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Napa's Measure C remains statistical tie with updated vote tally expected today

Napa County Registrar of Voters John Tuteur said updated results will be released today, Tuesday and maybe Wednesday. Tuteur has a month to certify the June 5 election
by Kerana Todorov
June 11, 2018
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Two machines tally ballots at the Napa County Elections Office on Friday. Updated results in the June 5 elections are expected to be released today. Photo by Kerana Todorov

The fate of the ballot measure that could limit future vineyard development in the hillside above the Napa Valley floor remains at a statistical dead heat as of Friday, with another 15,000 to 20,000 ballots yet to be counted.

“Yes” on Measure C had a mere 33-vote lead over “No on C” as of Friday afternoon, according to the Napa County Elections Office. Supporters of the watershed and oak woodland protection measure had cast 7,995 “Yes” votes; those who want the measure defeated had 7,962 “No” votes.

Napa County Registrar of Voters John Tuteur said updated results will be released today, Tuesday and maybe Wednesday. Tuteur has a month to certify the June 5 election.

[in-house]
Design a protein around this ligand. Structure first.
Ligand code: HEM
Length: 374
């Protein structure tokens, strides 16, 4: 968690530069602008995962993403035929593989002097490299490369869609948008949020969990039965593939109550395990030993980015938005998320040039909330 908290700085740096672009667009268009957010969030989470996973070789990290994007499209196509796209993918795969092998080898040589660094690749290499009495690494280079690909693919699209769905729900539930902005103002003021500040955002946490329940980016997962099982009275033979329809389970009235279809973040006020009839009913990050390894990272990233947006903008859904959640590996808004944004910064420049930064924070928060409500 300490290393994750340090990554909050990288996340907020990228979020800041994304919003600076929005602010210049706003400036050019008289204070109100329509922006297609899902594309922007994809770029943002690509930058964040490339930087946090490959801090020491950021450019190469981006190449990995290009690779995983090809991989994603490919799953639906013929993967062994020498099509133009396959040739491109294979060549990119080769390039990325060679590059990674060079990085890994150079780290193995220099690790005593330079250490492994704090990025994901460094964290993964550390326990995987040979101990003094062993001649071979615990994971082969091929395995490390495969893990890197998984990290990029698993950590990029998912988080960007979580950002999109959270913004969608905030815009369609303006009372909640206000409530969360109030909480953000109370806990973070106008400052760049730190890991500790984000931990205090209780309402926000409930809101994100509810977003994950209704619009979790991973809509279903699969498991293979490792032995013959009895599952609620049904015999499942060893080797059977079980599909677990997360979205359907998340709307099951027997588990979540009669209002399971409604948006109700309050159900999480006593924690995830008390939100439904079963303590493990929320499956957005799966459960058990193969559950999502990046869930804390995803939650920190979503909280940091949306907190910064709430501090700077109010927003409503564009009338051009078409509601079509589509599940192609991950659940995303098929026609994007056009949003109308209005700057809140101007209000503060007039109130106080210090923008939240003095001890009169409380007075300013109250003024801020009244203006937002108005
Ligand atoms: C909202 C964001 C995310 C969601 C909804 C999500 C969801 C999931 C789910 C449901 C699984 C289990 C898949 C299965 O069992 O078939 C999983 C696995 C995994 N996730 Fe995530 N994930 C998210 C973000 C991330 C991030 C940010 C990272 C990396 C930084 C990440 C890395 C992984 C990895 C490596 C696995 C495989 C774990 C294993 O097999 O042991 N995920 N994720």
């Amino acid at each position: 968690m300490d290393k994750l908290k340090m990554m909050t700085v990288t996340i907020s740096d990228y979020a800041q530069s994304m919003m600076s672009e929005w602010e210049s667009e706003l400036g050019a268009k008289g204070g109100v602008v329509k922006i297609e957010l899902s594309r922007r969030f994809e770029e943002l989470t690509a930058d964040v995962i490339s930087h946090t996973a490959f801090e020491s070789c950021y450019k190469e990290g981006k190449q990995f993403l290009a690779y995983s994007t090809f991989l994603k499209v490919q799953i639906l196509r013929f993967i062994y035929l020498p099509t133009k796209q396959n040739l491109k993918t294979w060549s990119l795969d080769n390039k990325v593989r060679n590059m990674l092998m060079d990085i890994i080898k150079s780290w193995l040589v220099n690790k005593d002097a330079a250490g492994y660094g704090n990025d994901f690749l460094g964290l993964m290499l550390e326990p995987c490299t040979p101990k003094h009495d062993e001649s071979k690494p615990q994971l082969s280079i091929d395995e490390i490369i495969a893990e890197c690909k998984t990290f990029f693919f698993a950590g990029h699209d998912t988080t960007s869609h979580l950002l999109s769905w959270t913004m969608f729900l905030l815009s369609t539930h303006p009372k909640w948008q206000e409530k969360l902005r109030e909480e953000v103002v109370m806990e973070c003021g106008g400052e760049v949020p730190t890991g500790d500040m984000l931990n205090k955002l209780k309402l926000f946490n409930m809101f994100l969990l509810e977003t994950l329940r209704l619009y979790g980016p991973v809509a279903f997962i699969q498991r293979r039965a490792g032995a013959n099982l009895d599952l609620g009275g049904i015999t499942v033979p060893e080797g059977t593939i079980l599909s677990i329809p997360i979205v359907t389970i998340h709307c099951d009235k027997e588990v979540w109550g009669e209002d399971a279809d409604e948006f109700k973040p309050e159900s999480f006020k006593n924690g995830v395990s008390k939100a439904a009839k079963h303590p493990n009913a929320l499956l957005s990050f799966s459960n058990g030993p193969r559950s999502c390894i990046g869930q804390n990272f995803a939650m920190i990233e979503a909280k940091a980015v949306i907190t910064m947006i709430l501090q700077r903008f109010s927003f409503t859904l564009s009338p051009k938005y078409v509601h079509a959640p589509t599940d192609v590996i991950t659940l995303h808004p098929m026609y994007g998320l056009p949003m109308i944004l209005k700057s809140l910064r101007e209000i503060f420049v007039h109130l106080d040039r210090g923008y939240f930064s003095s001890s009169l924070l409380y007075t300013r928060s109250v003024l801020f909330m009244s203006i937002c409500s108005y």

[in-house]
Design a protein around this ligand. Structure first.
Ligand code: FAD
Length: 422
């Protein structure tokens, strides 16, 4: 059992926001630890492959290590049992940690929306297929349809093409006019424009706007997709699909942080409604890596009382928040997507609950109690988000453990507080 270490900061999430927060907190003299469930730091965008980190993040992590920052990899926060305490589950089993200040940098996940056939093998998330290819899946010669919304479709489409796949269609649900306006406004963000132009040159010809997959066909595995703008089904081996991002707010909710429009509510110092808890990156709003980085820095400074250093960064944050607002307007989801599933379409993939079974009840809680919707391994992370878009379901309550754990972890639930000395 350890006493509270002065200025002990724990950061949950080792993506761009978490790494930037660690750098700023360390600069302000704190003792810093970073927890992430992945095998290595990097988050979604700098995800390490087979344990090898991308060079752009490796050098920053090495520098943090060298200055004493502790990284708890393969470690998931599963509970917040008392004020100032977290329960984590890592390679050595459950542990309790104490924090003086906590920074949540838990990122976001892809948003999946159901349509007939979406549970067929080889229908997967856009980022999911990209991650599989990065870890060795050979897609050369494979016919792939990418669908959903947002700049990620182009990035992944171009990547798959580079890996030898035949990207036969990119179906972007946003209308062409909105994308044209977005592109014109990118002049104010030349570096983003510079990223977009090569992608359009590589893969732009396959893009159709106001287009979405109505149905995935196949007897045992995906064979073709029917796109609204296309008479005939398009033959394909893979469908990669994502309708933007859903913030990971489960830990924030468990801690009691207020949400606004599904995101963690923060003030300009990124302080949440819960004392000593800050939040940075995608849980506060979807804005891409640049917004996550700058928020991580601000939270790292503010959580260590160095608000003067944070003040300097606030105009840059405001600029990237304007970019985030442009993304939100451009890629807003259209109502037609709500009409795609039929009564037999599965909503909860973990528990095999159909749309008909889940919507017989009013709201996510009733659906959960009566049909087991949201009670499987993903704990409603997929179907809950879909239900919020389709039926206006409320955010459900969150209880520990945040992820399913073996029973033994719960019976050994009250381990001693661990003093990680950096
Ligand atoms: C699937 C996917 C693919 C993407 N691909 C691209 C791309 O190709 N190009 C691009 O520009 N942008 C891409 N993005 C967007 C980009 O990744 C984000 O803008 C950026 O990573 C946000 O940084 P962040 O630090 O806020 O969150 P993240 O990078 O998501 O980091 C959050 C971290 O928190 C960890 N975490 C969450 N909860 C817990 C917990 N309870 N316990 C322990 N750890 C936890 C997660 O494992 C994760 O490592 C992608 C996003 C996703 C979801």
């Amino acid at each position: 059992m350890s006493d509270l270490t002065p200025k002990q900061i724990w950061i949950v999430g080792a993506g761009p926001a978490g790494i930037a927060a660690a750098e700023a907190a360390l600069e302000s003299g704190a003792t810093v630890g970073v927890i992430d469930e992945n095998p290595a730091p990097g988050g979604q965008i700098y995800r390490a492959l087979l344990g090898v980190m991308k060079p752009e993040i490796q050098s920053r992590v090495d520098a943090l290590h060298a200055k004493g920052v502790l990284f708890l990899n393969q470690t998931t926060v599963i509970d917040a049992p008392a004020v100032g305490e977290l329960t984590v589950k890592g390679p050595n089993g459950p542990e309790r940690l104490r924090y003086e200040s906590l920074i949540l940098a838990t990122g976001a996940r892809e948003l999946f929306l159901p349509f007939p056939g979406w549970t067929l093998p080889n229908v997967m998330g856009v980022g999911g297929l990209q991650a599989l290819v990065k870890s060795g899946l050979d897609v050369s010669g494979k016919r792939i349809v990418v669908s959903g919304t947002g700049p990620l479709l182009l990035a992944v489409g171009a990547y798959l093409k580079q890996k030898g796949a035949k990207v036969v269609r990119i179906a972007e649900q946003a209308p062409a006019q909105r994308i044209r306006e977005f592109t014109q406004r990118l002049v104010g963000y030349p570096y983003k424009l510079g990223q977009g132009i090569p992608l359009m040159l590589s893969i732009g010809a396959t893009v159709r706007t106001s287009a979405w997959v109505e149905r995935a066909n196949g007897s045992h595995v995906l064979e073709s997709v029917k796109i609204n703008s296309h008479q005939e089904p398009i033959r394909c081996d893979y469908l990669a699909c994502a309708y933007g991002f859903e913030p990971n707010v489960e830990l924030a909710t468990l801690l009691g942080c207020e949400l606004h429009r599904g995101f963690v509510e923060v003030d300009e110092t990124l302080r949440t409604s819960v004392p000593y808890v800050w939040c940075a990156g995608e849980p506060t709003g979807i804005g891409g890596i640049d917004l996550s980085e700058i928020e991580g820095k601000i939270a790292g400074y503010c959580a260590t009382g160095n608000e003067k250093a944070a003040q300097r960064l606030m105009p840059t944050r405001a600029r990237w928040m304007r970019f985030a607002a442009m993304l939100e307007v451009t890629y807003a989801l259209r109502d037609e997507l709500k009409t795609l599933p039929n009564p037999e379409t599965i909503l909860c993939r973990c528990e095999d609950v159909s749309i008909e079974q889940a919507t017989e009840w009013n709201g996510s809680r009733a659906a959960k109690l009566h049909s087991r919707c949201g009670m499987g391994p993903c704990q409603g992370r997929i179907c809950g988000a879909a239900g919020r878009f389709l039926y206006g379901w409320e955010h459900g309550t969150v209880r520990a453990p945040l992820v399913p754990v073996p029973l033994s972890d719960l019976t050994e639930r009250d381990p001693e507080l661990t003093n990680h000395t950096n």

Ryan Klobas, policy director at Napa County Farm Bureau, which strongly opposed Measure C, remained confident about the outcome. “All we can do is wait at this point,” he also said.

Friday’s count included 1,671 additional ballots to Tuesday’s preliminary results, according to the Napa County Elections Office. The results are coming in “faster than usual,” Tuteur said.

The vote comes after months of debate over the fate of Measure C which was placed on the ballot after an initiative campaign.

Opponents of the measure include the Napa County Farm Bureau, the Napa Valley Grapegrowers and Napa County Vintners.

Backers of Measure C said the measure would protect the quality and quantity of the county’s water source. Supporters included Napa Vision 2050, the Sierra Club and other environmentalists as well as members of the wine industry including grapegrower Andy Beckstoffer and Stag’s Leap founder Warren Winiarski.

If approved, Measure C would allow the removal of up to 795 woodland acres before restrictions are set in place. Other provisions include setting buffer zones of 25 to 125 feet along streams and 150 feet near wetlands.

No on Measure C raised about $646,000 though mid-May to defeat the ballot measure, according to campaign finance reports filed in May. During the same time period, Yes on Measure C campaign raised more than $211,500 for its campaign.

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